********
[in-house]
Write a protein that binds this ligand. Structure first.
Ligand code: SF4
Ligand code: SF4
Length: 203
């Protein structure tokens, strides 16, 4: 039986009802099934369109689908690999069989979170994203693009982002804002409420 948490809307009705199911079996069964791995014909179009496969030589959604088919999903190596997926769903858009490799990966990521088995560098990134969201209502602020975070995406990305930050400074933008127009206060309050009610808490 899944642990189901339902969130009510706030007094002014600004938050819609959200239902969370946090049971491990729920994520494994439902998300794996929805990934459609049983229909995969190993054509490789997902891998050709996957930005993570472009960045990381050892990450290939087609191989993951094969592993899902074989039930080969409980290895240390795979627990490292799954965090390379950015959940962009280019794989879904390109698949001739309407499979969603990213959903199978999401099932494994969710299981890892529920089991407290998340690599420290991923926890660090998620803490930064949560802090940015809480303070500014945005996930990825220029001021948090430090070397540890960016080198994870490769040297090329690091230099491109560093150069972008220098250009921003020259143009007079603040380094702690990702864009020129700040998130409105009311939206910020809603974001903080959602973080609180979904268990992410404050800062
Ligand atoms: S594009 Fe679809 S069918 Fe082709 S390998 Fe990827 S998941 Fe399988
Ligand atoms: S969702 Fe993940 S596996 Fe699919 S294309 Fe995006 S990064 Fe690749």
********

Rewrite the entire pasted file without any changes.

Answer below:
[in-house]
Write a protein that binds this ligand. Structure first.
Ligand code: SF4
Ligand code: SF4
Length: 203
């Protein structure tokens, strides 16, 4: 039986009802099934369109689908690999069989979170994203693009982002804002409420 948490809307009705199911079996069964791995014909179009496969030589959604088919999903190596997926769903858009490799990966990521088995560098990134969201209502602020975070995406990305930050400074933008127009206060309050009610808490 899944642990189901339902969130009510706030007094002014600004938050819609959200239902969370946090049971491990729920994520494994439902998300794996929805990934459609049983229909995969190993054509490789997902891998050709996957930005993570472009960045990381050892990450290939087609191989993951094969592993899902074989039930080969409980290895240390795979627990490292799954965090390379950015959940962009280019794989879904390109698949001739309407499979969603990213959903199978999401099932494994969710299981890892529920089991407290998340690599420290991923926890660090998620803490930064949560802090940015809480303070500014945005996930990825220029001021948090430090070397540890960016080198994870490769040297090329690091230099491109560093150069972008220098250009921003020259143009007079603040380094702690990702864009020129700040998130409105009311939206910020809603974001903080959602973080609180979904268990992410404050800062
Ligand atoms: S594009 Fe679809 S069918 Fe082709 S390998 Fe990827 S998941 Fe399988
Ligand atoms: S969702 Fe993940 S596996 Fe699919 S294309 Fe995006 S990064 Fe690749």